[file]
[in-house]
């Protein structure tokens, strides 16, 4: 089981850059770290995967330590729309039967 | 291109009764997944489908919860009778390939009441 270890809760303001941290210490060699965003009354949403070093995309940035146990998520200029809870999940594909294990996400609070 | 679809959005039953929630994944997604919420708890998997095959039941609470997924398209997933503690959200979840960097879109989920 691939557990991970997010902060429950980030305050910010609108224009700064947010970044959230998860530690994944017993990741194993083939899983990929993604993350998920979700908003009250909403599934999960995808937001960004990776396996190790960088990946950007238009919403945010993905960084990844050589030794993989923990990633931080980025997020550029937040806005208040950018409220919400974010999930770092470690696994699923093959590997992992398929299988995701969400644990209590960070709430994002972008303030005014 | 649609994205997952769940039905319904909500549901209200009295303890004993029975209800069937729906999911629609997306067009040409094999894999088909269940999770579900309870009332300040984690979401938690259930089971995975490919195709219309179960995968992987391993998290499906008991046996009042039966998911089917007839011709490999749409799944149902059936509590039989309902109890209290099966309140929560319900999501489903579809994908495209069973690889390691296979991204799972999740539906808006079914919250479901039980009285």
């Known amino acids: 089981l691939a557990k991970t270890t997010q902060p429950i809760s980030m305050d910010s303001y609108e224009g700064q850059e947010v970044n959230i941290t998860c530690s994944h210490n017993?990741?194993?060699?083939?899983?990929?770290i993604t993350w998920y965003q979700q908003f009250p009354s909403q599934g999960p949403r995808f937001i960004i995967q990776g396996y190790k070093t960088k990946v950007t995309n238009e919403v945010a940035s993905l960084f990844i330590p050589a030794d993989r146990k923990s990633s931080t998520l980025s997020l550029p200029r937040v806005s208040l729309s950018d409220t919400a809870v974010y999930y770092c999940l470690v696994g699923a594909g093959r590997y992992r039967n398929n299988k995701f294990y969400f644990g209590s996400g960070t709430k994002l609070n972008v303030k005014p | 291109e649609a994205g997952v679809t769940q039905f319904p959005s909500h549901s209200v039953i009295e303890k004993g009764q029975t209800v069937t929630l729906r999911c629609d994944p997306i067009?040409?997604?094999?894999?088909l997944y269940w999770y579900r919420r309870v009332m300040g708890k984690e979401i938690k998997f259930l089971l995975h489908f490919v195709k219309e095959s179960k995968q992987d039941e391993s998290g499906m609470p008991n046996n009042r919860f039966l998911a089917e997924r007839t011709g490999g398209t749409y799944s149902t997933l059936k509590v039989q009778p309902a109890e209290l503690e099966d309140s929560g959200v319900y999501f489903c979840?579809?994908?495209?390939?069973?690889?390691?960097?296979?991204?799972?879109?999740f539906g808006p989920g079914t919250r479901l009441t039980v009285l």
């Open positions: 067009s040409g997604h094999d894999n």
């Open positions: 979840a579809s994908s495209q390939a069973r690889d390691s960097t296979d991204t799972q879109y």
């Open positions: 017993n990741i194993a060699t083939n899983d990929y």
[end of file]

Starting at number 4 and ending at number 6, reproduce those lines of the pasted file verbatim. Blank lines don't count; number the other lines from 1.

């Open positions: 067009s040409g997604h094999d894999n």
């Open positions: 979840a579809s994908s495209q390939a069973r690889d390691s960097t296979d991204t799972q879109y």
């Open positions: 017993n990741i194993a060699t083939n899983d990929y």